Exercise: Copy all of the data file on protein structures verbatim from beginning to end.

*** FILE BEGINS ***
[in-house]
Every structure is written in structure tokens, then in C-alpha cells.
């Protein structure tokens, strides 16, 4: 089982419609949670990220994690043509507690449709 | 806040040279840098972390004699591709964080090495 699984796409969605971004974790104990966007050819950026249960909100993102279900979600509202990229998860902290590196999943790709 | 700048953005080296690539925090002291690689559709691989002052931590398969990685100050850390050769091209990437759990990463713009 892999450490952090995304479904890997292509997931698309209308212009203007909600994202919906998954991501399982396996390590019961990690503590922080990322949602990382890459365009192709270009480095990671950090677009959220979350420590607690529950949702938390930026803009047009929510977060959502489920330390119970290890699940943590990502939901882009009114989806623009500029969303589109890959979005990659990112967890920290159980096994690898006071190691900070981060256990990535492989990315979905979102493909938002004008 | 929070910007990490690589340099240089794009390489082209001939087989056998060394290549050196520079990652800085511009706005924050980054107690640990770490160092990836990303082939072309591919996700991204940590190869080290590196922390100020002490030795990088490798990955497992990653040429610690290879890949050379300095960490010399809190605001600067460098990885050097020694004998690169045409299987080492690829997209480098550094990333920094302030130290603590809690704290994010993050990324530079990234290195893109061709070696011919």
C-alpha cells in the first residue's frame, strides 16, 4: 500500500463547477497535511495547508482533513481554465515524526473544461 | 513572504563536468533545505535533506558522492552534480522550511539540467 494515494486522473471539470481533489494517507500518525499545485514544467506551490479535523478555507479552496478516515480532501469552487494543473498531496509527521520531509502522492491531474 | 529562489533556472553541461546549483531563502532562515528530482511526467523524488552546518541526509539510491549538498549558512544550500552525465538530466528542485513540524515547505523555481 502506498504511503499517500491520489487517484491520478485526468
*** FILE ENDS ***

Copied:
[in-house]
Every structure is written in structure tokens, then in C-alpha cells.
């Protein structure tokens, strides 16, 4: 089982419609949670990220994690043509507690449709 | 806040040279840098972390004699591709964080090495 699984796409969605971004974790104990966007050819950026249960909100993102279900979600509202990229998860902290590196999943790709 | 700048953005080296690539925090002291690689559709691989002052931590398969990685100050850390050769091209990437759990990463713009 892999450490952090995304479904890997292509997931698309209308212009203007909600994202919906998954991501399982396996390590019961990690503590922080990322949602990382890459365009192709270009480095990671950090677009959220979350420590607690529950949702938390930026803009047009929510977060959502489920330390119970290890699940943590990502939901882009009114989806623009500029969303589109890959979005990659990112967890920290159980096994690898006071190691900070981060256990990535492989990315979905979102493909938002004008 | 929070910007990490690589340099240089794009390489082209001939087989056998060394290549050196520079990652800085511009706005924050980054107690640990770490160092990836990303082939072309591919996700991204940590190869080290590196922390100020002490030795990088490798990955497992990653040429610690290879890949050379300095960490010399809190605001600067460098990885050097020694004998690169045409299987080492690829997209480098550094990333920094302030130290603590809690704290994010993050990324530079990234290195893109061709070696011919």
C-alpha cells in the first residue's frame, strides 16, 4: 500500500463547477497535511495547508482533513481554465515524526473544461 | 513572504563536468533545505535533506558522492552534480522550511539540467 494515494486522473471539470481533489494517507500518525499545485514544467506551490479535523478555507479552496478516515480532501469552487494543473498531496509527521520531509502522492491531474 | 529562489533556472553541461546549483531563502532562515528530482511526467523524488552546518541526509539510491549538498549558512544550500552525465538530466528542485513540524515547505523555481 502506498504511503499517500491520489487517484491520478485526468